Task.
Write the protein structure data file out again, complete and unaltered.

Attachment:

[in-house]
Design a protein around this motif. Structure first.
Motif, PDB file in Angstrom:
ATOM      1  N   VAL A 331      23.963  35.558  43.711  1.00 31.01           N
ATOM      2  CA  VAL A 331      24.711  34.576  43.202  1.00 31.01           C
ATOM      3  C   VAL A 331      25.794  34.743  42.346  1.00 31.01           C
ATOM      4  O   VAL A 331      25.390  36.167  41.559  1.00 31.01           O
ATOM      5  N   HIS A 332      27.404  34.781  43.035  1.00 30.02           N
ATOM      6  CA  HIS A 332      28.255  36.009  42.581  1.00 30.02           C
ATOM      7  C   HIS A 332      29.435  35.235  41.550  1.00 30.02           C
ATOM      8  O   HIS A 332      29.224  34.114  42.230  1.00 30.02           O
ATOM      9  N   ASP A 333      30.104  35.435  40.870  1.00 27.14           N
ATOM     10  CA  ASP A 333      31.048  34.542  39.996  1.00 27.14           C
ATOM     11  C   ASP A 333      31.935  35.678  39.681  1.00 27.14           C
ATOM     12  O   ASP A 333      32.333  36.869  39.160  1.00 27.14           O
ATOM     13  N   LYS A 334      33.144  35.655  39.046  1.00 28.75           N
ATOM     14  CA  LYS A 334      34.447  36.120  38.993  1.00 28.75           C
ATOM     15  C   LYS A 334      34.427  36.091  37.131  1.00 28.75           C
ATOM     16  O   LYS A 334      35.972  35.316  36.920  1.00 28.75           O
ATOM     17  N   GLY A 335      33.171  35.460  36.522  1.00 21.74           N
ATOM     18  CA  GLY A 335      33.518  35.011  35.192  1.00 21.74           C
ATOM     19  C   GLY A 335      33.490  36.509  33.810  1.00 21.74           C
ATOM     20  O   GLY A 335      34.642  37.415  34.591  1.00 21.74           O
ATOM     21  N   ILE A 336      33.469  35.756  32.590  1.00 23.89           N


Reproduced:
[in-house]
Design a protein around this motif. Structure first.
Motif, PDB file in Angstrom:
ATOM      1  N   VAL A 331      23.963  35.558  43.711  1.00 31.01           N
ATOM      2  CA  VAL A 331      24.711  34.576  43.202  1.00 31.01           C
ATOM      3  C   VAL A 331      25.794  34.743  42.346  1.00 31.01           C
ATOM      4  O   VAL A 331      25.390  36.167  41.559  1.00 31.01           O
ATOM      5  N   HIS A 332      27.404  34.781  43.035  1.00 30.02           N
ATOM      6  CA  HIS A 332      28.255  36.009  42.581  1.00 30.02           C
ATOM      7  C   HIS A 332      29.435  35.235  41.550  1.00 30.02           C
ATOM      8  O   HIS A 332      29.224  34.114  42.230  1.00 30.02           O
ATOM      9  N   ASP A 333      30.104  35.435  40.870  1.00 27.14           N
ATOM     10  CA  ASP A 333      31.048  34.542  39.996  1.00 27.14           C
ATOM     11  C   ASP A 333      31.935  35.678  39.681  1.00 27.14           C
ATOM     12  O   ASP A 333      32.333  36.869  39.160  1.00 27.14           O
ATOM     13  N   LYS A 334      33.144  35.655  39.046  1.00 28.75           N
ATOM     14  CA  LYS A 334      34.447  36.120  38.993  1.00 28.75           C
ATOM     15  C   LYS A 334      34.427  36.091  37.131  1.00 28.75           C
ATOM     16  O   LYS A 334      35.972  35.316  36.920  1.00 28.75           O
ATOM     17  N   GLY A 335      33.171  35.460  36.522  1.00 21.74           N
ATOM     18  CA  GLY A 335      33.518  35.011  35.192  1.00 21.74           C
ATOM     19  C   GLY A 335      33.490  36.509  33.810  1.00 21.74           C
ATOM     20  O   GLY A 335      34.642  37.415  34.591  1.00 21.74           O
ATOM     21  N   ILE A 336      33.469  35.756  32.590  1.00 23.89           N